This is an orphaned page. You can see at Special:WhatLinksHere/Curatorial platform, that no other article links to this page.

Please help to improve the accessibility of this page:

  • You can add internal links to this article in other articles. See Help:Editing for more information about internal links.

Orphaned pages are in the Category Orphaned pages until the template has been removed. Please remove the template only after linking this page with other entries, and if this article is not on the list Special:LonelyPages anymore.

A curatorial platform is an organization whose principal activity is focused on the development and presentation of cultural artifacts according to clearly defined and coherent themes or organizational principles. In contrast to an art gallery, whose focus is the exhibition and — in the case of a private gallery — sale of finalized artwork, a curatorial platform is concerned with the conjunction of artistic practice and curatorial practice.

Following the development of the independent or freelance curator following 1969’s watershed ‘When Attitudes Become Form: Live in Your Head’ [1] and Harald Szeemann's subsequent defiance of then-established career trajectories, the role of the curator in the development of modern art has become ever more important. This is evidenced by — particularly in the United States and the United Kingdom — the growth of curatorial studies and workshops.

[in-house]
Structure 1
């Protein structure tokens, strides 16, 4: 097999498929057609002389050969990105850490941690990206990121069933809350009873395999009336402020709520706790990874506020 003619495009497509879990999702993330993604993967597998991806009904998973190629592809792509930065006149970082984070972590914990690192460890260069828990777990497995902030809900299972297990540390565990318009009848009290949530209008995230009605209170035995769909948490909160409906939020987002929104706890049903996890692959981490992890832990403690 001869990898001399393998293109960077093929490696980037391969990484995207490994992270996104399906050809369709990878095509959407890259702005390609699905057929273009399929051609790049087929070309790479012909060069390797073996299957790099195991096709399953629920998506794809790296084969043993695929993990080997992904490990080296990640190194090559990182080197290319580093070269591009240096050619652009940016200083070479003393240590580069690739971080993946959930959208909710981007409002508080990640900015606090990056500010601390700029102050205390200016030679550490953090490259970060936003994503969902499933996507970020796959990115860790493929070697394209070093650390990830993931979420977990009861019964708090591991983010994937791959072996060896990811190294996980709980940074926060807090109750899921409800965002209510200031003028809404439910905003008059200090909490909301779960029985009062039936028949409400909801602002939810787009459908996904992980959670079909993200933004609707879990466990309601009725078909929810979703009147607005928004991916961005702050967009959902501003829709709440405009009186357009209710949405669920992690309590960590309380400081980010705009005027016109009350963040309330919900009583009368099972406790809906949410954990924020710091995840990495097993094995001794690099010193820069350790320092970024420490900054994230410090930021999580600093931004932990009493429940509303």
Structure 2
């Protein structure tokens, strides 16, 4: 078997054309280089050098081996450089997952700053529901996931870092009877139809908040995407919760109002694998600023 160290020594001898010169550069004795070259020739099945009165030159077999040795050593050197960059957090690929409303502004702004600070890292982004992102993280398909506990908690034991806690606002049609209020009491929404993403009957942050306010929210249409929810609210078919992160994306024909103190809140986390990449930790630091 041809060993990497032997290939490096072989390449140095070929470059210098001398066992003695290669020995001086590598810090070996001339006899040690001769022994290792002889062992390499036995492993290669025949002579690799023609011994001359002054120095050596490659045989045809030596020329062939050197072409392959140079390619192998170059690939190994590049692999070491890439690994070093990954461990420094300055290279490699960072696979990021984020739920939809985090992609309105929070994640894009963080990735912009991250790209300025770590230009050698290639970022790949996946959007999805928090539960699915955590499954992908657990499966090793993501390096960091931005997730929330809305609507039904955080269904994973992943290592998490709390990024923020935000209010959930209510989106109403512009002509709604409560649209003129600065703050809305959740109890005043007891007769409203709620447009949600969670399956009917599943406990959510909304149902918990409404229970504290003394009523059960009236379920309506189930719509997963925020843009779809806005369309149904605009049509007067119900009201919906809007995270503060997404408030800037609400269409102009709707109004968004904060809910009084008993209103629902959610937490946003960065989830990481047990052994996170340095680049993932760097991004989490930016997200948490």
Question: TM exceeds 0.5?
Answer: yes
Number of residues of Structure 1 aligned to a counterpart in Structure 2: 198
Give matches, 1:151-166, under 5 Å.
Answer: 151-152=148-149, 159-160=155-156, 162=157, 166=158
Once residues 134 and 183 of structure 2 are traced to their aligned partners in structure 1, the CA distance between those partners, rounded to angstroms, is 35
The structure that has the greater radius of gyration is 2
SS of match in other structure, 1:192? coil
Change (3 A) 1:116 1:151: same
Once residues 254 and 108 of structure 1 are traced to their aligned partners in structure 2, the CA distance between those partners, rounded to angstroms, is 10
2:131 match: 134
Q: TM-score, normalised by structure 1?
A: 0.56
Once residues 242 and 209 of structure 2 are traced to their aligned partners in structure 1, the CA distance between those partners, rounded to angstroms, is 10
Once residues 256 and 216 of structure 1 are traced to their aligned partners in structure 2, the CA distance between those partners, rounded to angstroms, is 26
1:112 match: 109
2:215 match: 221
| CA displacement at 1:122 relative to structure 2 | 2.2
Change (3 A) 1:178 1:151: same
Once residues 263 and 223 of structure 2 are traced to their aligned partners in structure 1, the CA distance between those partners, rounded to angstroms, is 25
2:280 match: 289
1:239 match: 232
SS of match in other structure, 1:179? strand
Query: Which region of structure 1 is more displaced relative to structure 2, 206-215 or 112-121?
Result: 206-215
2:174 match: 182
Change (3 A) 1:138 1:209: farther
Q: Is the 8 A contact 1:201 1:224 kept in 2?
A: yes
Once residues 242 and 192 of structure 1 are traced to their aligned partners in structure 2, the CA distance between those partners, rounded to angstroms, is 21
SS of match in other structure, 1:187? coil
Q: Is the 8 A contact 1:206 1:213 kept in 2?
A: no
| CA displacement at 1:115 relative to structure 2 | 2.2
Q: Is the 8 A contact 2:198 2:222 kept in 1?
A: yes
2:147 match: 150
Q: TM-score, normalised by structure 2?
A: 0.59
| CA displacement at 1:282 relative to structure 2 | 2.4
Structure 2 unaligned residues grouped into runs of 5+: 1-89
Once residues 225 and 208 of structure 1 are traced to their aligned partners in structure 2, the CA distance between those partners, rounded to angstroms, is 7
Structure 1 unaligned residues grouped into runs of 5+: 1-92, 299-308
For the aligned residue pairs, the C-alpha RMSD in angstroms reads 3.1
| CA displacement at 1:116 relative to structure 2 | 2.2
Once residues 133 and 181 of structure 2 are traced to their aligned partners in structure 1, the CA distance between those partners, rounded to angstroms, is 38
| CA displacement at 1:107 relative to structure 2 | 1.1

The notion of a curatorial platform, extending and reinforcing these studies and attitudes, is relatively new — the group Kuratorisk Aktion [2] (Curatorial Action) was established in 2005, and while Rhizome [3] was founded in 1996, it does not define itself explicitly as a curatorial platform. Its activity — ‘the creation, presentation, discussion and preservation of contemporary art’ is nonetheless recognizably curatorial.

There is general agreement about the aims of such platforms — in the Peregrine Arts [4] manifesto, this organization clearly states that their curatorial platform does not replace ‘traditional ensemble-based or exhibiting institutions, such as orchestras, museums, and theater companies [but] provides a foundation and structure for organizing and amplifying current artistic resources in the pursuit of true innovation and artistic impact.’

External linksEdit

Community content is available under CC-BY-SA unless otherwise noted.